Monday, 30 May 2016
Last updated 2 days ago
May 15 2014 | 2:48pm ET
Appaloosa Management’s David Tepper had a simple message for his fellow hedge-fund managers assembled in Las Vegas: Cash might not be a bad place to be right now.
“I’m not saying go short,” Tepper told the SkyBridge Alternatives Conference yesterday. “Just don’t be too friggin’ long.”
Tepper said he was “nervous” about the stock market, noting that U.S. growth is not as strong as it should be. He also said that central banks, especially in Europe, are being too complacent.
“We have this term called coordinated complacency right now to describe the world’s central banks right now,” he said. “The market is kind of dangerous in a way.” But, he add, it may “grind higher” over the near term.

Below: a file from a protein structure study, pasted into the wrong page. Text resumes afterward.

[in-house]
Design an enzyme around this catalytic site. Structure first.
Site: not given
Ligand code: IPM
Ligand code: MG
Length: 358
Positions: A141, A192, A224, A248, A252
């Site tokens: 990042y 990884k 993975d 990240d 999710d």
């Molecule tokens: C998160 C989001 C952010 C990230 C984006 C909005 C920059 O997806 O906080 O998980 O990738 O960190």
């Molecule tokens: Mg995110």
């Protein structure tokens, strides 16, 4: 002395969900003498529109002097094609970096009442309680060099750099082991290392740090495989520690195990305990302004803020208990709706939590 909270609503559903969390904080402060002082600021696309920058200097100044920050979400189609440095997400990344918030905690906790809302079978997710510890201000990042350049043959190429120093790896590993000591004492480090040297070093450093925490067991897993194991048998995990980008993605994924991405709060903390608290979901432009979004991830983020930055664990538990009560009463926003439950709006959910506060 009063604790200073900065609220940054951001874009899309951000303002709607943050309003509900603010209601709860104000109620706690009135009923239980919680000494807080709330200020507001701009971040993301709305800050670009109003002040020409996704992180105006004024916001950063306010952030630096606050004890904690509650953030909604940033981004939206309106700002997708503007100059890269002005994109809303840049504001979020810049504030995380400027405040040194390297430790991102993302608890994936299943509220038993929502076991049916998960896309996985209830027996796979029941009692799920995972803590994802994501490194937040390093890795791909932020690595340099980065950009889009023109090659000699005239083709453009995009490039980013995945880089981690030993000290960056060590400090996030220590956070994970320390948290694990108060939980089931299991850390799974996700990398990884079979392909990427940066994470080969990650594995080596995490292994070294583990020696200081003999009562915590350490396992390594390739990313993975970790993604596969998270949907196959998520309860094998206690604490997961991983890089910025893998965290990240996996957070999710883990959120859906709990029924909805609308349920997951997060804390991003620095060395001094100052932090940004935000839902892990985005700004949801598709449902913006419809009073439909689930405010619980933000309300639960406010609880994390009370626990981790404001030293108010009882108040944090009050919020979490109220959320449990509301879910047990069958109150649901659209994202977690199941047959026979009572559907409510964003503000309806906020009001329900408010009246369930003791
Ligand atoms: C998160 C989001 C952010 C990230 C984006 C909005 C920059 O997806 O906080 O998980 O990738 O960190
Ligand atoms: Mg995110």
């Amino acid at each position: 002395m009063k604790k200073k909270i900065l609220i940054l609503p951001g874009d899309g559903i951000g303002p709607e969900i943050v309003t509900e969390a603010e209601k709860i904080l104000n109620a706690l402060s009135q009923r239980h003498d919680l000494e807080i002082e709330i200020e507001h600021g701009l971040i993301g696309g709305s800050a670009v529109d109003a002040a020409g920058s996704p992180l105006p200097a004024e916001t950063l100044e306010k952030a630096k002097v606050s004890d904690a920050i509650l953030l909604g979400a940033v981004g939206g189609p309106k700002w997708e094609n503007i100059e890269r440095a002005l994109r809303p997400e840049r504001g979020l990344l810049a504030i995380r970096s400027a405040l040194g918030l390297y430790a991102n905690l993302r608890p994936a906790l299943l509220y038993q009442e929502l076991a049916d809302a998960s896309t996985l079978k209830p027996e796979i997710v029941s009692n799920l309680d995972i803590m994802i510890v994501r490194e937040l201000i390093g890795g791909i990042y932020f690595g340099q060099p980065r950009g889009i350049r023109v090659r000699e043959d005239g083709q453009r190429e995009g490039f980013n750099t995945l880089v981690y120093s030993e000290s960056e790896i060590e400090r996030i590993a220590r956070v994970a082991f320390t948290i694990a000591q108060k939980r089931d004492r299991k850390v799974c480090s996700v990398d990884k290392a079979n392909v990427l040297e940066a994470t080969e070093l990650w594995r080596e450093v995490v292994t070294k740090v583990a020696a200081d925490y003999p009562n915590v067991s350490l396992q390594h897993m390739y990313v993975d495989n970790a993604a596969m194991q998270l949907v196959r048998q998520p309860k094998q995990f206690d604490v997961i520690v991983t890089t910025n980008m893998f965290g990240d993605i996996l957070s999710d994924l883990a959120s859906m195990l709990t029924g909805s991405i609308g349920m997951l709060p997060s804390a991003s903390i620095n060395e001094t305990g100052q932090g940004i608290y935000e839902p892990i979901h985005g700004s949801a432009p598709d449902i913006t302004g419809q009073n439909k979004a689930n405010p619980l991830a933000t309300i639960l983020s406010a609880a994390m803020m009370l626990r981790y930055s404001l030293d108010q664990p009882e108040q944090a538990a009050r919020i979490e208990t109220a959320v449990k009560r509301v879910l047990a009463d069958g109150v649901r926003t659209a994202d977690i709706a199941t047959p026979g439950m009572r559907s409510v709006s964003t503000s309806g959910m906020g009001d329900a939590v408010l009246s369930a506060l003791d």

On central-bank complacency, York Capital Management’s James Dinan concurred. He said that interest rates will stay down “longer than people think,” and noted that he fears deflation more than inflation.
“It’s really hard for prices to go up,” he said.
For his part, Tepper didn’t limit his discussion to the markets, pronouncing himself a firm believer in good karma. He noted that in the five years since he donated enough money to keep food banks and soup kitchens open in his home state of New Jersey, Appaloosa—which was losing money that year—had done better than ever.